Sadly what was on offer in the debate on the first part of the Silk Report at the Welsh Grand Committee in Westminster this week was poor, Welsh Secretary Tory David Jones was his usual non committal self passing the decision of what taxes to devolve the Treasury while his opposite number the incredibly smug Owen Smith took the opportunity to get on his soap box and essentially questioning the legitimacy of the Silk Commission by quoting some lines from the report about people daring to suggest the Welsh Assembly Government should be more accountable to the Welsh public.
Owen Smith, along with other Labour MP’s also held up Carwyn favourite straw man of borrowing powers before any take powers could be discussed, but Owen Smith seem to row back on that accusation when he was challenged by one of the Tory MP’s later on in the debate.
The debate continued with a range of pro and anti tax devolution Welsh and English MP's arguing their cases and lots of point scoring challenges from all sides and the Tories and Labour dominating most exchanges, Plaid Cymru’s MP's gave the report a pretty cautious welcome while the Lib Dems spoke in agreement with Labour that the small taxes devolution could be dealt with in a Finance Bill -let’s hope by the time the next part of the report is published our MP’s can raise their game and debate the issues not call each other names.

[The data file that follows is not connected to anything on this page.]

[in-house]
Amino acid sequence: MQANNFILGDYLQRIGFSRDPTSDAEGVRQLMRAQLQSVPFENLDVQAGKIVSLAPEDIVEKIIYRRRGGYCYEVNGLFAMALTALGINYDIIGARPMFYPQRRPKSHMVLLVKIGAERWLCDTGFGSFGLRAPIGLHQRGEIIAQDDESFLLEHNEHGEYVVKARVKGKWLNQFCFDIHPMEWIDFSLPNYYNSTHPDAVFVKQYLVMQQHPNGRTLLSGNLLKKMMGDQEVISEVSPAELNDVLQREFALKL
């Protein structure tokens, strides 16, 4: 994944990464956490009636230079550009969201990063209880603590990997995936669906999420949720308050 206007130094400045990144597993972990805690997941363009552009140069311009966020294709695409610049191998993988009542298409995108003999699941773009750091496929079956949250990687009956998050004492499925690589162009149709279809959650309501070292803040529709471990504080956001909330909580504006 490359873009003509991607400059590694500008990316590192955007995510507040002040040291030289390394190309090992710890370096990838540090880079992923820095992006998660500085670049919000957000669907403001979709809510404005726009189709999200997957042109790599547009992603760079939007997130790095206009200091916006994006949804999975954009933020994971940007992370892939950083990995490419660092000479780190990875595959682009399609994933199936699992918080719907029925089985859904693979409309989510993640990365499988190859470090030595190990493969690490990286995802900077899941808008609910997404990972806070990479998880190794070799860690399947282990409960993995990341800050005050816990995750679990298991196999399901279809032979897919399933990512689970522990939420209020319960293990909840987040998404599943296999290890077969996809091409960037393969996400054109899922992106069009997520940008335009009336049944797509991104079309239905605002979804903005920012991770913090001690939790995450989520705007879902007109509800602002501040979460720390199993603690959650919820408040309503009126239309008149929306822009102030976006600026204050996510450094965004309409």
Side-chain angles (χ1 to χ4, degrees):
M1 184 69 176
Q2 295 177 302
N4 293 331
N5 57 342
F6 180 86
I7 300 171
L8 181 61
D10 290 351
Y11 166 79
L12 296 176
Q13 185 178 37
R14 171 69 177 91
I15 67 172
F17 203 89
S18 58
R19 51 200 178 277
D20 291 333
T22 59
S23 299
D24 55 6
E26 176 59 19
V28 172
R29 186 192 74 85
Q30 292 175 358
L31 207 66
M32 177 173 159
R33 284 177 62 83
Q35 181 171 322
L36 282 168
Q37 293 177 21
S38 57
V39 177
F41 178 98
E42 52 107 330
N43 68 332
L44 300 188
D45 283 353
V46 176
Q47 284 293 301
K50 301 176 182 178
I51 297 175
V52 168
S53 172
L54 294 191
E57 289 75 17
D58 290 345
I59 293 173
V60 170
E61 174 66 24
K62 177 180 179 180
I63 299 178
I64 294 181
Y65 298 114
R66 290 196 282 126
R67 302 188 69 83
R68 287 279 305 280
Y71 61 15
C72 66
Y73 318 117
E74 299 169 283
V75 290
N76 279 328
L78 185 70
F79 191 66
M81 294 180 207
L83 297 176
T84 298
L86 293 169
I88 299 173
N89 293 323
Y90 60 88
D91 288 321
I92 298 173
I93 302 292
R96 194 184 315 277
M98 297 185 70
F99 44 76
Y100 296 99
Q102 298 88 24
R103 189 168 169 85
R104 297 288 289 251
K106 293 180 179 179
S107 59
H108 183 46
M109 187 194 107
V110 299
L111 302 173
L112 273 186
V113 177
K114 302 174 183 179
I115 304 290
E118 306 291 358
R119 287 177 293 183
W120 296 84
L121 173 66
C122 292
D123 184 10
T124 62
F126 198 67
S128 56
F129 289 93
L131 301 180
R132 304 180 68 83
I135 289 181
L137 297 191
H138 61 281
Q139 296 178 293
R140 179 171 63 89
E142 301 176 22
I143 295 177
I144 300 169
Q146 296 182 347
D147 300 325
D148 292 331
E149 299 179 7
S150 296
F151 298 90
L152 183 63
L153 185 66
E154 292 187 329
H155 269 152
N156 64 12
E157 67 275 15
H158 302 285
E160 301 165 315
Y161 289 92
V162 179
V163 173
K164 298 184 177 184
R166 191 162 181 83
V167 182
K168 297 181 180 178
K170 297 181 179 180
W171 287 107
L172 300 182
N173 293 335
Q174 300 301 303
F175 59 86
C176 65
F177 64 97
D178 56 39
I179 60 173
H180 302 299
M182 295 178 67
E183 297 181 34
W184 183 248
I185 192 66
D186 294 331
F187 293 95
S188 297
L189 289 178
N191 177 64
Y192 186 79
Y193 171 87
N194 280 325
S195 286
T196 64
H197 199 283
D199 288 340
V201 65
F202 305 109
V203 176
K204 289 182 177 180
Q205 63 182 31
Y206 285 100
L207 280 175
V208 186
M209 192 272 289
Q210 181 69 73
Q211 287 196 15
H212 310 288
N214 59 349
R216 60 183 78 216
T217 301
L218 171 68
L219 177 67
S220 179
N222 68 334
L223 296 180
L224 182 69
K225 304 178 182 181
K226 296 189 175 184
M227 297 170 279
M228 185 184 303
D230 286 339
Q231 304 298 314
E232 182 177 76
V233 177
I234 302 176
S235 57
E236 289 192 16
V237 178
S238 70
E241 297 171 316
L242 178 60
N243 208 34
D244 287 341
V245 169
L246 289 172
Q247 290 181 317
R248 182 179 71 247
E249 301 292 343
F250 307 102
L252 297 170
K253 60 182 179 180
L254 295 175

And one final point the discussion inevitably got onto the state of the Welsh Economy and this exchange between Alun Cairns and Owen Smith summed up the intellectual deficit of Welsh politicians of all parties in matters economic that is at least part of the reason why our economy continues going down the drain.
The hon. Gentleman mentioned the greater dependency in Wales and offered a whole host of reasons, such as demographic issues, an ageing population, and so on. How much does he attribute that greater dependency to the relatively poor economic performance in Wales in comparison to the rest of the UK, over, say, the last 15 years?
I do not attribute it to that at all. I attribute it to 150 years of history, industry, the legacy of change, the demographics of our country, the distance from London and the simple truth that Wales has a greater relative need than many parts of England, which requires a greater degree of expenditure. A sensible, compassionate Government would understand that and continue to fund that through more equitable redistribution of funds across the UK. I hope that the newly-compassionate Conservatives will recognise that and continue to do so. However, I have my doubts